A plea for kindness, understanding from mom, teacher of special needs children

Mother of two neurodivergent boys Casey Deleon Pinola (left); special education teacher Deirdre Levy

By Veana del Carmen Pastor

They’re called “special” for a reason, children who are a little bit different, some a little bit slow, others a little bit frisky, still others with exceptional abilities we may never be able to understand.

Why are they excellent with numbers, why is their art so beautiful, their music so uplifting?

Children with special needs was a recent topic on Makilala TV, the  longest running talk show for Filipinos in the New York metro area. On the panel was Casey Deleon Pinola, a mother from Queens  who is raising two  neurodiverse sons, one of them a teenager, and a daughter. This mother and caregiver has experienced anxiety, burnout,  stress but has created a home where her children feel safe, loved and cared for.

Joining her was Deirdre Levy, a special education teacher in Brooklyn, who has known  families like Casey’s. She and other teachers try to support children outside of their homes, providing them education, guidance  and additional life skills they would need as they advance in years.

Casey said she would like people to be more understanding of children with autism, but acknowledged  there would always be stigma attached to the condition.

Her eldest child Carlos is 16 years old. She shared how doctors had told her he could never walk or talk when he was 2 years old. The boy has obviously defied doubters and naysayers as he is currently in his second year in college.

The Makilala TV episode on ‘Empowering Children with Special Needs.’ The show, aired through Manhattan Neighborhood Network, is hosted by Jen Furer, Rachelle Peraz Ocampo, and Cristina Pastor.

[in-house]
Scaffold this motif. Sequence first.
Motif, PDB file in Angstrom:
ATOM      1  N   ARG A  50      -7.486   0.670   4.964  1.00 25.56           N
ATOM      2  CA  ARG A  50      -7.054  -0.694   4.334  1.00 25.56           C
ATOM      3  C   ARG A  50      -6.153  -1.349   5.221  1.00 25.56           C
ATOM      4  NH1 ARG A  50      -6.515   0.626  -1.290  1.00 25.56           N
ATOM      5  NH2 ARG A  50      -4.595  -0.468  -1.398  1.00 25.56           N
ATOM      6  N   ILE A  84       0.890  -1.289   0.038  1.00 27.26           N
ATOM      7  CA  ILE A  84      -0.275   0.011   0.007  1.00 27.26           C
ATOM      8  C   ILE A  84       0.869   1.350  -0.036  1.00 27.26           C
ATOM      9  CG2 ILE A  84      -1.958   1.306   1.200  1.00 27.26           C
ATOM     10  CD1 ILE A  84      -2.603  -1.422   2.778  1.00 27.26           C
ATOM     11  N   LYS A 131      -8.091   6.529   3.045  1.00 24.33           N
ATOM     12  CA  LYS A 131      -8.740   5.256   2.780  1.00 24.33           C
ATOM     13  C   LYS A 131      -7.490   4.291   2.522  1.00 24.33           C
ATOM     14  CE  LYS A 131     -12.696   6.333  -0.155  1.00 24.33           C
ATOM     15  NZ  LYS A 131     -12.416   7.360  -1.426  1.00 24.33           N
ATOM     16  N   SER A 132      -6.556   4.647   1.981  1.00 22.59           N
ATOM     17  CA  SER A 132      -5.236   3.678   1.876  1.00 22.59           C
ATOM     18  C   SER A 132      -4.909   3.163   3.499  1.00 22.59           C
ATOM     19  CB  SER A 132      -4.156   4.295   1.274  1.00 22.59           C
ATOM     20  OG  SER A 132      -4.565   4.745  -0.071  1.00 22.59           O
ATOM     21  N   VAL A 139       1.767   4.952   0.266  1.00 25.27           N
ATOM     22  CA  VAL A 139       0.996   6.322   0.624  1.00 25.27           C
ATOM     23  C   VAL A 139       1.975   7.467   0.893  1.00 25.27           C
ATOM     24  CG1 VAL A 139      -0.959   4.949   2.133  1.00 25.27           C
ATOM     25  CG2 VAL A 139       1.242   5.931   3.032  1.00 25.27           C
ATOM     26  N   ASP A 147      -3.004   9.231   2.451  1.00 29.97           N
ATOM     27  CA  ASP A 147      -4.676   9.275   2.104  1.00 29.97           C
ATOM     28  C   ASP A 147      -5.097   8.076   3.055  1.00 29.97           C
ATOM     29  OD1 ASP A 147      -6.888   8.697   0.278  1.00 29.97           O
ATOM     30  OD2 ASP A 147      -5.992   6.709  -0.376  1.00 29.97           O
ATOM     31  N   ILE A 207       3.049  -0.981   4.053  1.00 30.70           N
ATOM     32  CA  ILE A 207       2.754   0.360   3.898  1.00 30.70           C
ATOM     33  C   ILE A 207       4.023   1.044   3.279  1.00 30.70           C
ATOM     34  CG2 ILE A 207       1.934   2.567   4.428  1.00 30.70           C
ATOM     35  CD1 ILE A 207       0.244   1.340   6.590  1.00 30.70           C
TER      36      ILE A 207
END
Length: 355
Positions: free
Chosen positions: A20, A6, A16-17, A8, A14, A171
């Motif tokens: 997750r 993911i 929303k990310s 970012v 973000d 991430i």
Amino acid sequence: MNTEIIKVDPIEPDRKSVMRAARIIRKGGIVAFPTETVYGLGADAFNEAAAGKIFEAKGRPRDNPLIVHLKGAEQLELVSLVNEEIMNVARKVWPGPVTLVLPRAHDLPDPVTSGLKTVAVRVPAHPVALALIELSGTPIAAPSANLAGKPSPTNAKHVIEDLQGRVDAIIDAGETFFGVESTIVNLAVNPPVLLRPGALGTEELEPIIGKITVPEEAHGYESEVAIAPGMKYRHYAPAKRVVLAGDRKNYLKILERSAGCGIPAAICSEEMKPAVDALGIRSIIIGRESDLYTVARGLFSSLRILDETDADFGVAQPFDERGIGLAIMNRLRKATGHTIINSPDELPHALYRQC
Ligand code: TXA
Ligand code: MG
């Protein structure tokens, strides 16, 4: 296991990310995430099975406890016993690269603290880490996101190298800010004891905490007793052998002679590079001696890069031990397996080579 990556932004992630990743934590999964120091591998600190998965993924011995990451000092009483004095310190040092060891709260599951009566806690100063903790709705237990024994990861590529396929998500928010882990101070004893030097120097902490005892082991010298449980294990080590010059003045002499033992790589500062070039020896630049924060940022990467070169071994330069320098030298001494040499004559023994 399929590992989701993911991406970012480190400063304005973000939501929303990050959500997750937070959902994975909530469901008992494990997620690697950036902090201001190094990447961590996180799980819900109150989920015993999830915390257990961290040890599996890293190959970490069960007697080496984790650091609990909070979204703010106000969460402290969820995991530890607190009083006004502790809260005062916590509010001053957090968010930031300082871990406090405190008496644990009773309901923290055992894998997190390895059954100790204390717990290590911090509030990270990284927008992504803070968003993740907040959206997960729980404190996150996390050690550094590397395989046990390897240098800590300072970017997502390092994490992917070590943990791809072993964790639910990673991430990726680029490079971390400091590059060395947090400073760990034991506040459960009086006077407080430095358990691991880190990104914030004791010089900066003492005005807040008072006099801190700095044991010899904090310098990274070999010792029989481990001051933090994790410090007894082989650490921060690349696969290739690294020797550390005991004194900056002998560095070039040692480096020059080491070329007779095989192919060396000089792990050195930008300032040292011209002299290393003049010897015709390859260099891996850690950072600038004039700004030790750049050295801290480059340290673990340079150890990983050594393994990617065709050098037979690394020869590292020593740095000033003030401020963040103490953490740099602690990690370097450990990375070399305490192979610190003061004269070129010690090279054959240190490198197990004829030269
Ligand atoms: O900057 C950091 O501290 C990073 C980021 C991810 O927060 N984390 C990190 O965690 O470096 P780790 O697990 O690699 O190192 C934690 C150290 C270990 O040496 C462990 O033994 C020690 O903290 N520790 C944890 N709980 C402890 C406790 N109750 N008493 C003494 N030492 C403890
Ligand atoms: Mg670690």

“I was 20 years old when my son got his diagnosis. Carlos was 2 years old then, and it was rather definitive that they told me he would never walk or talk,” she said.

Casey went on to  applaud her son for pursuing a  college education and deciding to study biology.

She said, “My 16-year-old son goes to college through a program he is enrolled in. I am so proud of him and my entire family is very hands-on which is a strange feeling because as Filipinos, we tend to avoid asking for help because we are all about pride.” 

She said her mother is a “very strong role model in my life and she taught me how to create boundaries when dealing with those who do not understand our situation.”

She took a soft breath then calmly said, “Just follow your instinct and advocate for your child. Make the other children around your child aware of their diagnoses so they can understand the behavior they do not understand. Children are resilient and the sooner they are exposed to learning, they can grow on their own. Do it in a way that can benefit your child. “

Special education teacher Deidre Levy pointed out that “neurodiverse” is a term that explains different ways of thinking and learning.

Older brother Carlos Pinola reads to Coah in precious bonding moment.

As a special needs educator she said she constantly reminds people that neurodivergent backgrounds mean having different approaches to learning. When asked how she introduces her students to others, her response was, “I do not include the word autistic. I do not like to label my students.” She said she prefers to point out their strengths  rather than pigeonhole them through labels.  

While it is not uncommon for children to have meltdowns, Deidre said, it is usually because “they simply cannot understand what they are doing due to communication issues.”  

She said she reminds her students to always ask for help if students become unruly. She explains that in their world, “We are just trying to help them understand in a calm manner and letting them make their own decisions.” Schools offer programs that include prep speech for certain behaviors when special needs students interact with other students. “They are welcomed with open arms and want to ensure that they are safe,” she said.

Casey shared the story of when one of her boys was having a tantrum in a very public place, a mall, and was acting out while lying on the floor.

“I lay down with my child (on the floor). What they are experiencing is…they just want somebody to understand since they can’t communicate (their feelings) properly,” she said.

©The FilAm 2023

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